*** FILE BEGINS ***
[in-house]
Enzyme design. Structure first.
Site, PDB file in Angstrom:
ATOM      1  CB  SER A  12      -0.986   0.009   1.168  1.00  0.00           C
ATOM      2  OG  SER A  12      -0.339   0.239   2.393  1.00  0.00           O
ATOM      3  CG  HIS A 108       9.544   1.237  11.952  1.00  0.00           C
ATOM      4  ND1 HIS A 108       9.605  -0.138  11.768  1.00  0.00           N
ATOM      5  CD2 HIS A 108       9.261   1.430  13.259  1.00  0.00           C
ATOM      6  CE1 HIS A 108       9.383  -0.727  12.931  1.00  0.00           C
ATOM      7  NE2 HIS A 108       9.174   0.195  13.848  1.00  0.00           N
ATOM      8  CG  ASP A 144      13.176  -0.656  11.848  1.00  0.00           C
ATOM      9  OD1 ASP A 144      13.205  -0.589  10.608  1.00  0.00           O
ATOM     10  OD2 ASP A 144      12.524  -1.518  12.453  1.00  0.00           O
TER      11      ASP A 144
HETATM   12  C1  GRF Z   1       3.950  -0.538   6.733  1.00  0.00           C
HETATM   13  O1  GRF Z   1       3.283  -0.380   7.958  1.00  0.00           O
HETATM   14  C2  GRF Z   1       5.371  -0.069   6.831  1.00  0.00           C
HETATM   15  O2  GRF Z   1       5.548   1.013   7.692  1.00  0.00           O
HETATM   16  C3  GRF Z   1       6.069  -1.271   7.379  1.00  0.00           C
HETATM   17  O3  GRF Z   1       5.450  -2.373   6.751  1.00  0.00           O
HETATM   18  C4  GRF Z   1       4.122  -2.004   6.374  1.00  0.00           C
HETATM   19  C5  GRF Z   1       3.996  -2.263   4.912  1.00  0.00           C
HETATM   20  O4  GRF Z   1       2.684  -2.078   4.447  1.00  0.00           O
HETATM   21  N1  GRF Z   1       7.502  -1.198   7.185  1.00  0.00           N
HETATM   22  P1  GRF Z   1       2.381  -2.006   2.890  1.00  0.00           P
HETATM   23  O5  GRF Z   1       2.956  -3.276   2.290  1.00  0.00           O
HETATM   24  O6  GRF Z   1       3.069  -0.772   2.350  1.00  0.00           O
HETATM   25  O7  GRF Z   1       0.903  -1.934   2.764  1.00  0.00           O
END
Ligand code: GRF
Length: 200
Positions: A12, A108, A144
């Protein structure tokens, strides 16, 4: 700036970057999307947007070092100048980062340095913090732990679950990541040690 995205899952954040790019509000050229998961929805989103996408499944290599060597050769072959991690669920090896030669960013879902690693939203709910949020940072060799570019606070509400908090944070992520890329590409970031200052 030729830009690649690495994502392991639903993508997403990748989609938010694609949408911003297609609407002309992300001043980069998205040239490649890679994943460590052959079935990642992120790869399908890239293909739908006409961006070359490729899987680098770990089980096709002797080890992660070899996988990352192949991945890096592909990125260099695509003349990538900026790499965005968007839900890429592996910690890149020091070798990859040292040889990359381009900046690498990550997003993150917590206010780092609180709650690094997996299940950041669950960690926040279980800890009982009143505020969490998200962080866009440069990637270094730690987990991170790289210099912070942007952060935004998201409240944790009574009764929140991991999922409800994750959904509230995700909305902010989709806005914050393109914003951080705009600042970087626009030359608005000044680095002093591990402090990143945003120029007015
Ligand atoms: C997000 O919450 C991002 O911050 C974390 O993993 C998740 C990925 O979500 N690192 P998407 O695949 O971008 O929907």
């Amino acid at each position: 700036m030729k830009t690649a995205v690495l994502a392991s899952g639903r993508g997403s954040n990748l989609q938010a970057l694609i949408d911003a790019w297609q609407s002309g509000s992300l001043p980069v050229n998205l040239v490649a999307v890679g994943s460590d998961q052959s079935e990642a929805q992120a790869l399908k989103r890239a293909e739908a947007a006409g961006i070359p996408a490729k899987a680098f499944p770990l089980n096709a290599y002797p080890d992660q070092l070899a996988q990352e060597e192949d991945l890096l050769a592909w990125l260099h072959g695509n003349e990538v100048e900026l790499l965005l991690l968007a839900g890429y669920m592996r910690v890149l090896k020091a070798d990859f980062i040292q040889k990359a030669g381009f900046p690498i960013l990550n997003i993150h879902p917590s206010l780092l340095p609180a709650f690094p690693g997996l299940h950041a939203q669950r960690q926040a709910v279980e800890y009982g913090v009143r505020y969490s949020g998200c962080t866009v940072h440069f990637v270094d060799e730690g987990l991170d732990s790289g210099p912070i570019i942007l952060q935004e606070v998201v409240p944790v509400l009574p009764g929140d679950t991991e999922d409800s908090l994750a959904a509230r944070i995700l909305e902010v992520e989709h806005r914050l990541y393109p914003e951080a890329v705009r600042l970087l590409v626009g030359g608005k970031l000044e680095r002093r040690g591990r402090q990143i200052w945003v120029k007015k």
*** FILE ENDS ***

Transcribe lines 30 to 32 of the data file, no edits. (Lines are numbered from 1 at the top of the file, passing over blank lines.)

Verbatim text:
Ligand code: GRF
Length: 200
Positions: A12, A108, A144